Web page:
Although the term “metaverse” was first used by Neil Stevenson in his 1982 novel, Snow Crash, its popularity seems to have increased exponentially in recent months. Stevenson’s metaverse was a virtual place where characters could go to escape a dreary totalitarian reality. Today, the metaverse is an early framework for the future vision of the internet. It holds the potential to become one of the leading technology forces to shape the next decade of digital innovation. The business impact is still early, and there are a myriad of ideas on how broad-spanning the metaverse will become.
The metaverse is the next generation of the internet.
The first generation of the internet, Web 1.0, was primarily centered around the desktop and consumer adoption. It focused on infrastructure and is dubbed the “Internet of Data.” Web 2.0 has been about the mobile and smartphone experience, synonymous with the sharing economy, and is thought of as the “Internet of Social.”
We’re now in the early days of Web 3.0 (Web3, for short), which goes beyond simple people connections to elevate physical world experiences. It is focused on ownership and is taking shape as the “Internet of Place.” To bring these experiences to life, it relies heavily on technologies like augmented reality (AR), virtual reality (VR), blockchain, and cryptocurrencies.
What does the metaverse look like today?
Of the different virtual worlds available today, leading brands are getting involved in public spaces such as Decentraland, Sandbox, and Roblox. There seems to be a virtual gold rush of corporations staking their claims in the metaverse, focusing on brand marketing and audience expansion to start. Here are a few examples that I find especially interesting:
- Nike created NIKELAND on Roblox as a place for fans to connect, create, and compete.
- Coca-Cola created Coca-Cola Zero Sugar Byte, a brand-new flavor born in the metaverse. (Disclaimer: I have yet to taste this flavor “inspired by the playfulness of pixels,” though it sounds enticing, especially in the midst of a summer heat wave!)
- JPMorgan Chase opened the first bank branch in the metaverse, including digital portraits, a visitor lounge, and a roaming tiger.
- Pokémon partnered with Selfridges to commemorate its 25th anniversary in 2021 and built a virtual city called Electric/City where fans could shop for exclusive virtual and physical Pokémon merchandise.
- Samsung and Hyundai held virtual recruitment fairs, while Siemens held a virtual conference, advocating that these event formats were a highly efficient exchange of data and information.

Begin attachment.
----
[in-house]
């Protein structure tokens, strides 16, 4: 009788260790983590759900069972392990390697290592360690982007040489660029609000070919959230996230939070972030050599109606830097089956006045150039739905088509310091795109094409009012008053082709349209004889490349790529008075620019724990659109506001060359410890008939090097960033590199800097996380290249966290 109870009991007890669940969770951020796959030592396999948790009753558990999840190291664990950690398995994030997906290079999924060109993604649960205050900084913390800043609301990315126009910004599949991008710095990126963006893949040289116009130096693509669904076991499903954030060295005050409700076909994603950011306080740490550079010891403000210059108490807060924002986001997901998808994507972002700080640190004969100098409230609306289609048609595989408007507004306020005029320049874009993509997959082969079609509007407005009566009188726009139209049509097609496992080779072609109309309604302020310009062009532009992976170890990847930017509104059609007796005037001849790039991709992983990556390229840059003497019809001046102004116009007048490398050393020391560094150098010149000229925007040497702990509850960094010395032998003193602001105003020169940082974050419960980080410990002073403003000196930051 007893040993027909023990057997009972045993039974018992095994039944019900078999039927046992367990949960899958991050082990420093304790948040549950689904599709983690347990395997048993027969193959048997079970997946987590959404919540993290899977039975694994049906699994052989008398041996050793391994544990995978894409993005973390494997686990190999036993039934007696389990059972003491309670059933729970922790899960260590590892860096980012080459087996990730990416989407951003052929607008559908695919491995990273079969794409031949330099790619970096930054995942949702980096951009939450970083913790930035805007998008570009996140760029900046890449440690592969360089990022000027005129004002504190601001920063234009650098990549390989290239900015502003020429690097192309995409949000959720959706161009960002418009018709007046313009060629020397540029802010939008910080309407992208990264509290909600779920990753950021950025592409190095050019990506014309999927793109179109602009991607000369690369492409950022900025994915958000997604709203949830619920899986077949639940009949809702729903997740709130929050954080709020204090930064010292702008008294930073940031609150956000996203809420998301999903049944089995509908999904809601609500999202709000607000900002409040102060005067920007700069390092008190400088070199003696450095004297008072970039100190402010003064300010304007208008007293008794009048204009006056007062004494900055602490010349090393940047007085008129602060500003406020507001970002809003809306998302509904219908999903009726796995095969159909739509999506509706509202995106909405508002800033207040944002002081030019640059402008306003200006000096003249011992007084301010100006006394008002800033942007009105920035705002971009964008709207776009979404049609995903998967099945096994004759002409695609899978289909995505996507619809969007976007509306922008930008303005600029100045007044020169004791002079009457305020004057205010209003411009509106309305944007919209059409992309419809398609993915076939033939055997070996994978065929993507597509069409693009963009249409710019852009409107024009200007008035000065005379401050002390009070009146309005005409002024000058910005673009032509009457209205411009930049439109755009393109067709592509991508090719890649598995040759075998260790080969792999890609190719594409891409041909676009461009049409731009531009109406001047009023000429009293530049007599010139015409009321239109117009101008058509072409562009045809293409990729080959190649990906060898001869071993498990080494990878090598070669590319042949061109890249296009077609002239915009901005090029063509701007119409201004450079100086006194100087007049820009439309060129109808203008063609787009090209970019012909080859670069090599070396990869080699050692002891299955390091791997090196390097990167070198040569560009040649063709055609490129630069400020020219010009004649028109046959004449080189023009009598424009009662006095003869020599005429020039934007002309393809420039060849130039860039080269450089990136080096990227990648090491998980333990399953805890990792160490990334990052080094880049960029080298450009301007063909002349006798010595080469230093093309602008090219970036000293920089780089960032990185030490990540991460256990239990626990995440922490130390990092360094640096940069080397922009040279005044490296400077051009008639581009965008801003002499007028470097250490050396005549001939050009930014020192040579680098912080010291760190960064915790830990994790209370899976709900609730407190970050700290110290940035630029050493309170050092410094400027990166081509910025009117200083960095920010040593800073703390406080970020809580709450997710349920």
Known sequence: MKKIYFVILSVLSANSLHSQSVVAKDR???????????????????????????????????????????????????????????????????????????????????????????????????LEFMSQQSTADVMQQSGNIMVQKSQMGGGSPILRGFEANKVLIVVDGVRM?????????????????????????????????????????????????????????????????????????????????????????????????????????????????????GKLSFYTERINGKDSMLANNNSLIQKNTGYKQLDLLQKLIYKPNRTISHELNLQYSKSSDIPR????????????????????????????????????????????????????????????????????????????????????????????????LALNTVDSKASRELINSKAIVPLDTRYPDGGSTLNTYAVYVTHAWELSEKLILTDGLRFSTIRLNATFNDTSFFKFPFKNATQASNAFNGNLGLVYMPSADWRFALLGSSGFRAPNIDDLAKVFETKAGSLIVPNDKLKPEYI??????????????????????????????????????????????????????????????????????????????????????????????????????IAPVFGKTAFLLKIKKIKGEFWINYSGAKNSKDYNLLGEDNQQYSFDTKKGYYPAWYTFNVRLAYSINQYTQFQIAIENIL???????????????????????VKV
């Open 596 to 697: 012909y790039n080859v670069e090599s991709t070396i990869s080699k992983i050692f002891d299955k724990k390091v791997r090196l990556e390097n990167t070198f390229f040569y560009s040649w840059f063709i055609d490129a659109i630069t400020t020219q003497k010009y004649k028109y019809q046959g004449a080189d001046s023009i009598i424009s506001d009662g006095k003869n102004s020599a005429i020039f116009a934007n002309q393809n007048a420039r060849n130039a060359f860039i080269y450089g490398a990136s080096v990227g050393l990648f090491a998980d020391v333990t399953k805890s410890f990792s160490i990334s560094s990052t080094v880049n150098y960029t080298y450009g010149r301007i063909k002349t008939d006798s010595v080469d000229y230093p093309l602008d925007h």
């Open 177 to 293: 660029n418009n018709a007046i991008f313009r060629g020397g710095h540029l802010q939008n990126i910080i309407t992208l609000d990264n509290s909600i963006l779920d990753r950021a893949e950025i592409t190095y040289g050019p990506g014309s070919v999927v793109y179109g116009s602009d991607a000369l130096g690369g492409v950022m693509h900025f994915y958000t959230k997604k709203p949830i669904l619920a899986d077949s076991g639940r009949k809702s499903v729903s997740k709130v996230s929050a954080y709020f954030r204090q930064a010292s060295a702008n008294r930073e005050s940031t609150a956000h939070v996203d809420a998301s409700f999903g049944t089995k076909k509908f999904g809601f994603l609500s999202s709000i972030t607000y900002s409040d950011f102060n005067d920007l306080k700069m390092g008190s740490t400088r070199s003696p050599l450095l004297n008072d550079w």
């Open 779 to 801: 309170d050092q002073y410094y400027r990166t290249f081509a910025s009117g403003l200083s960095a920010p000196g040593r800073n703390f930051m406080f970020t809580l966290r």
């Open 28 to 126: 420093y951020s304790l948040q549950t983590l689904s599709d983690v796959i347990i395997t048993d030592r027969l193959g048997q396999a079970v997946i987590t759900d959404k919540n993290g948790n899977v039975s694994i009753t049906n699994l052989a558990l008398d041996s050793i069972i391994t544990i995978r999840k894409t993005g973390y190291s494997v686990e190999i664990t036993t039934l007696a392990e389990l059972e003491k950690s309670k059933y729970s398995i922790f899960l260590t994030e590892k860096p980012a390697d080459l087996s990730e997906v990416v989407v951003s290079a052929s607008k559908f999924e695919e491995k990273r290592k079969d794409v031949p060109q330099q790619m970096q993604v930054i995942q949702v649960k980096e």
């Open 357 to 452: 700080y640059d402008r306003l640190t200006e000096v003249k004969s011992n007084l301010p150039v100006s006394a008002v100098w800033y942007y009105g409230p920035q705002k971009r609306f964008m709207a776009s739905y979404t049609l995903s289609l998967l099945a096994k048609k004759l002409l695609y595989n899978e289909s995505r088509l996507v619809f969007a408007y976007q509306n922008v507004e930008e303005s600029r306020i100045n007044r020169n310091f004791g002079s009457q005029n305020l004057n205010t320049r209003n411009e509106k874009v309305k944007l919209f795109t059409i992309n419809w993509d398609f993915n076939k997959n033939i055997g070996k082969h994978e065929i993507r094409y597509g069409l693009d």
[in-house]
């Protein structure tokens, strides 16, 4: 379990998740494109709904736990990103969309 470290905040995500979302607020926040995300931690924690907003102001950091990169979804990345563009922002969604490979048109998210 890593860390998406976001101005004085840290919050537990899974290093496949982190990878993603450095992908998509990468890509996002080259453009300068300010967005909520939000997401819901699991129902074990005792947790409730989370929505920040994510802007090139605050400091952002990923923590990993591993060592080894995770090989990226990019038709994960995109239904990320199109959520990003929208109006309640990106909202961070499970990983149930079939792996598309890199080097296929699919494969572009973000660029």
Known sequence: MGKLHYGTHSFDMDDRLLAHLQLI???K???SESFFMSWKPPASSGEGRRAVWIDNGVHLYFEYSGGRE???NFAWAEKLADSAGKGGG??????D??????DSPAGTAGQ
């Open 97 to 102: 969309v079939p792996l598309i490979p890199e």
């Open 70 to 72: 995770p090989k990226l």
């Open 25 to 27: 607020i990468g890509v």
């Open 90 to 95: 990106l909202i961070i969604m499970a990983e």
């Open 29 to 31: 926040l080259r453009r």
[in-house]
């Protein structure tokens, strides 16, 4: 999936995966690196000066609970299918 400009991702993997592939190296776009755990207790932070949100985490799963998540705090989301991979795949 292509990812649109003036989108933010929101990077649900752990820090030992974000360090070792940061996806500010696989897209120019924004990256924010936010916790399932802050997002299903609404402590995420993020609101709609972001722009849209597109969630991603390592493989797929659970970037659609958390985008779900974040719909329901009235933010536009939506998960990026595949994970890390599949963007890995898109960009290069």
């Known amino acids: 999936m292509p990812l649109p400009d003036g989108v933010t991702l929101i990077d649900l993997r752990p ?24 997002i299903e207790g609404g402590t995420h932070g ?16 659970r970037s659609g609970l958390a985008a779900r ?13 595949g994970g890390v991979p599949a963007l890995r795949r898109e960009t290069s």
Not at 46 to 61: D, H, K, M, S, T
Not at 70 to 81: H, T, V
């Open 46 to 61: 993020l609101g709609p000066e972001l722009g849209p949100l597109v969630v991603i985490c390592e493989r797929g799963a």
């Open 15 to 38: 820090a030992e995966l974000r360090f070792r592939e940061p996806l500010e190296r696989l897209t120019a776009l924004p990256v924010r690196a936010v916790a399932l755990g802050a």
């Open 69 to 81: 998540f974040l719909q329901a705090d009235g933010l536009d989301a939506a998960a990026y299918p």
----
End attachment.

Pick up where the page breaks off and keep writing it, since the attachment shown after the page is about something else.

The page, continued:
I recently had the opportunity to attend the Corporate Innovation Summit at Collision Conference 2022 in Toronto and moderate a roundtable discussion of senior technology leaders. We discussed the hype around the metaverse and related technologies and the business opportunities for enterprises and corporate brands.
It was evident that there is no single “killer app” for the metaverse as yet. Innovation leaders all agreed that the metaverse is the next evolution of digital experiences; however, they also acknowledged that making a business case and articulating ROI was challenging since payoffs from metaverse-related investments aren’t always immediate. The speed of adoption seemed to vary as some corporate brands were prepared to jump in head first while others were still standing at the sidelines formulating strategies.
Of the many use cases that were discussed, these are the ones that seem to be gaining traction:
- Training and onboarding of new employees and partners.
- Employee engagement via virtual water coolers and lounges, tying in gamification and tokenized incentives to drive active participation.
- Team collaboration and brainstorming, including whiteboarding.
- Immersive customer experiences delivered contextually via AR.
- Industrial equipment troubleshooting and remote assessment using VR to maximize uptime.
Some hearty discussion ensued with questions like:
- What relevance and impact would corporate metaverses have on businesses?
- How quickly can brands adapt to metaverse adoptions and deepen relationships with consumers?
- What are the challenges that early adopters are facing?
- Is there a (dis)advantage to being a “fast follower” i.e., letting others lead and following closely behind?
Is the metaverse the future?
As we enter the second half of 2022, many are wondering whether the hype will abate or whether the metaverse will truly emerge as a new vision of the internet that shapes collective digital experiences in the coming decades. My belief is that this new digital technology must bridge gaps and reduce friction before it goes mainstream. I’m optimistic about the future of the metaverse and think the time is ripe to shift the focus toward substance, interoperability, and the long-term vision.